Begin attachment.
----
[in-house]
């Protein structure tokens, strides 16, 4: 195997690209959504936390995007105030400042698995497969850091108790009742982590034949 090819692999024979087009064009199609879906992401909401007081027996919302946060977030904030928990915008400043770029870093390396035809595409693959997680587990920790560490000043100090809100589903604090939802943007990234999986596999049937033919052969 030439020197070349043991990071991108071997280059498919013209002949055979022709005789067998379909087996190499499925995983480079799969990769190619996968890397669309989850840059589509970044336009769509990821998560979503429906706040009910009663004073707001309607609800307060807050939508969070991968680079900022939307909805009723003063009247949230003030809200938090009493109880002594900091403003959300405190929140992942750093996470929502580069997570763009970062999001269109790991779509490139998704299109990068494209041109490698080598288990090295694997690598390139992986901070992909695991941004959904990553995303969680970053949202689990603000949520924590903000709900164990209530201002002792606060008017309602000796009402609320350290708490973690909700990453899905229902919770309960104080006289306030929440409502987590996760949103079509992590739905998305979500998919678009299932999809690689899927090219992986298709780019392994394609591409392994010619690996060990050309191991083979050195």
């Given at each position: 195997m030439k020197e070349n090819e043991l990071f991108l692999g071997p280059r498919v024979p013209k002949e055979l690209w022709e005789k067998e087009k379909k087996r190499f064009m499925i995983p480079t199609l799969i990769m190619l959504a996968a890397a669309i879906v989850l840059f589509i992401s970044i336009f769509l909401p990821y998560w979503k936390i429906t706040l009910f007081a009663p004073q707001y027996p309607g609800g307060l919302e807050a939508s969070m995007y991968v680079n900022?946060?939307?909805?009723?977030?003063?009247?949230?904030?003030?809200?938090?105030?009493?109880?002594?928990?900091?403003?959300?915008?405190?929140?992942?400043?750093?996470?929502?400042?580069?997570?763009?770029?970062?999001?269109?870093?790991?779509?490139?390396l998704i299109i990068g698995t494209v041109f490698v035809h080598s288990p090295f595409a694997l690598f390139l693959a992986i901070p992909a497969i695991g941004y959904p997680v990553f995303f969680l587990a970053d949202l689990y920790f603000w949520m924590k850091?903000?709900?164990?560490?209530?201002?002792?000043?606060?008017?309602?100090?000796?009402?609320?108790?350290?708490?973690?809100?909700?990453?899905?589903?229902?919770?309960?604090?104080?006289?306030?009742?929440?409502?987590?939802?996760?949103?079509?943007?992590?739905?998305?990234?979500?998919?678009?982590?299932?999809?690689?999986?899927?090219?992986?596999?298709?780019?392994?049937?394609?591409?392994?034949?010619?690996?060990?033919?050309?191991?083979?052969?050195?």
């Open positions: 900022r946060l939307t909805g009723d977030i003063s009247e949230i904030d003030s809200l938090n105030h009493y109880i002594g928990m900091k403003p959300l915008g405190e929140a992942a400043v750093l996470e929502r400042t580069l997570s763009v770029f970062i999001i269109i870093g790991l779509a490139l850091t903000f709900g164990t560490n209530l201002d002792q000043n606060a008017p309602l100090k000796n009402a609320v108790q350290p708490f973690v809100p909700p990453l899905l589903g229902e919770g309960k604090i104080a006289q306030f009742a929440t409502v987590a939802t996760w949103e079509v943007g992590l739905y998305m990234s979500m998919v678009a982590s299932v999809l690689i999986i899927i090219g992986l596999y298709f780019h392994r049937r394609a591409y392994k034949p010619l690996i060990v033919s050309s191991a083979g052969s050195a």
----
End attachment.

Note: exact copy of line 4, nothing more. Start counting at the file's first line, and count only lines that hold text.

């Open positions: 900022r946060l939307t909805g009723d977030i003063s009247e949230i904030d003030s809200l938090n105030h009493y109880i002594g928990m900091k403003p959300l915008g405190e929140a992942a400043v750093l996470e929502r400042t580069l997570s763009v770029f970062i999001i269109i870093g790991l779509a490139l850091t903000f709900g164990t560490n209530l201002d002792q000043n606060a008017p309602l100090k000796n009402a609320v108790q350290p708490f973690v809100p909700p990453l899905l589903g229902e919770g309960k604090i104080a006289q306030f009742a929440t409502v987590a939802t996760w949103e079509v943007g992590l739905y998305m990234s979500m998919v678009a982590s299932v999809l690689i999986i899927i090219g992986l596999y298709f780019h392994r049937r394609a591409y392994k034949p010619l690996i060990v033919s050309s191991a083979g052969s050195a």